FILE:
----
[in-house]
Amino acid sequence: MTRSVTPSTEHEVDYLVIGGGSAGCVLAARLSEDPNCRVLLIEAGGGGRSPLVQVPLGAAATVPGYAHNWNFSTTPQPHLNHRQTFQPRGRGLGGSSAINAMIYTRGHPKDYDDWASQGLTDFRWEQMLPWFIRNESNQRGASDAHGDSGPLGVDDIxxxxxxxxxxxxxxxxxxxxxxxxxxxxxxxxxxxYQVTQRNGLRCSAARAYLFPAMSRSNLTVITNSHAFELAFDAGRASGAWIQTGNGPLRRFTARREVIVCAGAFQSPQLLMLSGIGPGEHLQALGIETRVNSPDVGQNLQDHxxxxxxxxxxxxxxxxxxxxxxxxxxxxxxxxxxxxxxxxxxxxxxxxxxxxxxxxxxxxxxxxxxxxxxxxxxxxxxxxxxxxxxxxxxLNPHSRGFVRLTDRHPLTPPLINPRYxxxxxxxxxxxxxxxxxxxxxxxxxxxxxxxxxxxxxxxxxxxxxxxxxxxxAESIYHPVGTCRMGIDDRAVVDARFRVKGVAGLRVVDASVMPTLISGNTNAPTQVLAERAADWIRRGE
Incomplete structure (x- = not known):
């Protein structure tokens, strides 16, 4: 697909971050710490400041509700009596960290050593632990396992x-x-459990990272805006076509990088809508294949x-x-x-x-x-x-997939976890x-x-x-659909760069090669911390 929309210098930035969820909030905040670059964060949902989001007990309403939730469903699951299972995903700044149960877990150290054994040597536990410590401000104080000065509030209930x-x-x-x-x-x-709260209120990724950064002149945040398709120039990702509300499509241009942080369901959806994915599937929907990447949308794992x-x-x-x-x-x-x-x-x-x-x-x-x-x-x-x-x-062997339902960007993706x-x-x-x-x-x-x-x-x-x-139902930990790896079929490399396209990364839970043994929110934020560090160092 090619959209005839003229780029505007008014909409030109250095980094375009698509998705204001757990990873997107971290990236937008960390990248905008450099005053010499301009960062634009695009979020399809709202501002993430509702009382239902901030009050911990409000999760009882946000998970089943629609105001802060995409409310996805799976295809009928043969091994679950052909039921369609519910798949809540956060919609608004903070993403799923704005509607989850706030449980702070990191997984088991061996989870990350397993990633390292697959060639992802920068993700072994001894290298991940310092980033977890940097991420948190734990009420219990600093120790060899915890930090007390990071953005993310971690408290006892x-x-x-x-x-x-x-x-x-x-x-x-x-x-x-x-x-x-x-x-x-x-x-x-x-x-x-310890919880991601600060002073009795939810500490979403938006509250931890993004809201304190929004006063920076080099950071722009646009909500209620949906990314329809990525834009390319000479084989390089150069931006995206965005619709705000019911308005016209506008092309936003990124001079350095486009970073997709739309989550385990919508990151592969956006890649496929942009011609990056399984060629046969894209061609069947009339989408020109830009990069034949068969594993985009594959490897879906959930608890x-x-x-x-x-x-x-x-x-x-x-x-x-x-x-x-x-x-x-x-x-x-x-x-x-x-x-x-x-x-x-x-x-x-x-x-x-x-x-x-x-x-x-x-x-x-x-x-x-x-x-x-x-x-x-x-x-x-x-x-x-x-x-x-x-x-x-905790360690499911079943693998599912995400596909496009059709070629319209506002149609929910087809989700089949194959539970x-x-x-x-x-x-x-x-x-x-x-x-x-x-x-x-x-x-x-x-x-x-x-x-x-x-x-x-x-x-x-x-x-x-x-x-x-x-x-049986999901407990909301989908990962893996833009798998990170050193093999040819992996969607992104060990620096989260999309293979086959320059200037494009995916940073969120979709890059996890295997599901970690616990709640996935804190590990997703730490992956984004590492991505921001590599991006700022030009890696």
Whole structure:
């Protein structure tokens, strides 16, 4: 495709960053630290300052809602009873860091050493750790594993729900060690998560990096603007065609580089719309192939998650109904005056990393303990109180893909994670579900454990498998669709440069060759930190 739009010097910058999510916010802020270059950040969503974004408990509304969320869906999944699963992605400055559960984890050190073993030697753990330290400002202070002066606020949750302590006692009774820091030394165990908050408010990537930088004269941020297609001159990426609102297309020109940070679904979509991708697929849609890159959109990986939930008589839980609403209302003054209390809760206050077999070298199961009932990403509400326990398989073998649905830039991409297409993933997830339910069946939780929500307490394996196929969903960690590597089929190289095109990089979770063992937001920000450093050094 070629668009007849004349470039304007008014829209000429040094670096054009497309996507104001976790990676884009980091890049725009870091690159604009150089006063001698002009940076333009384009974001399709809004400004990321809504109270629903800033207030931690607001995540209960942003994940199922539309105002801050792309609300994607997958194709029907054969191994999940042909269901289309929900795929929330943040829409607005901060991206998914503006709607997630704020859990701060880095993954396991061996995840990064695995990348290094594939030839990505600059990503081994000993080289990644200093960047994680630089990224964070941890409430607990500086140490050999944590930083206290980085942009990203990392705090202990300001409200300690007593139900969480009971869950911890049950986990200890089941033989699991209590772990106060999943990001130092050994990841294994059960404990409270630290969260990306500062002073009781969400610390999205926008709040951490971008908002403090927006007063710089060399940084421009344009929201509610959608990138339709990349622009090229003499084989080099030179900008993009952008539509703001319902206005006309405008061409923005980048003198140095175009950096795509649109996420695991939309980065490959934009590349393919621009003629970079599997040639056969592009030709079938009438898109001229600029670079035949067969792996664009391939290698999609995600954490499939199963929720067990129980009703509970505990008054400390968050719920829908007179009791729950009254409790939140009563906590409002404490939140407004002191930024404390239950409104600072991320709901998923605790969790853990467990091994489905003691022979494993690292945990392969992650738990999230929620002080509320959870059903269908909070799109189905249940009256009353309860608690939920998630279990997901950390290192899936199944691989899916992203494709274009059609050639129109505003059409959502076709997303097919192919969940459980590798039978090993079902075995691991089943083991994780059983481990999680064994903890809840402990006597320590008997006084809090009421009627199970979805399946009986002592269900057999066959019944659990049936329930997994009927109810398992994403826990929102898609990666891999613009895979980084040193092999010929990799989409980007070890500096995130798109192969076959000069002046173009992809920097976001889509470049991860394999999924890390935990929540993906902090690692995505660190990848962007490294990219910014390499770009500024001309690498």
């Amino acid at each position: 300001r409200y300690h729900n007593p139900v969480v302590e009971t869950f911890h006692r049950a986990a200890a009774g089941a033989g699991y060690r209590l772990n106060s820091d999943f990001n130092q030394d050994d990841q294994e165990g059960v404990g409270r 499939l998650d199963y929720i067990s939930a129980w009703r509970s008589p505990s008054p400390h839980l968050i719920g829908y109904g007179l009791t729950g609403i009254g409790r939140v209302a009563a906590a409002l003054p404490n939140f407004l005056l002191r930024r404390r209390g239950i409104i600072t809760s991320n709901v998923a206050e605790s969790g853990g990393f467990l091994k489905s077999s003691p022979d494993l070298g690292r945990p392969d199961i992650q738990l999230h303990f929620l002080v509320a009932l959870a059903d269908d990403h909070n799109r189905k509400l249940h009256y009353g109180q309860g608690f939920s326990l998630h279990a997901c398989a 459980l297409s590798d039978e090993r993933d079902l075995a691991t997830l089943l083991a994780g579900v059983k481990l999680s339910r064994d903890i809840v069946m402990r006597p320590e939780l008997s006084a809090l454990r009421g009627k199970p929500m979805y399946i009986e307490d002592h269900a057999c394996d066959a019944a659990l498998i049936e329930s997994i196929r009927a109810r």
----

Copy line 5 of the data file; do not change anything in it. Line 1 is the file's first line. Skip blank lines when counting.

Whole structure: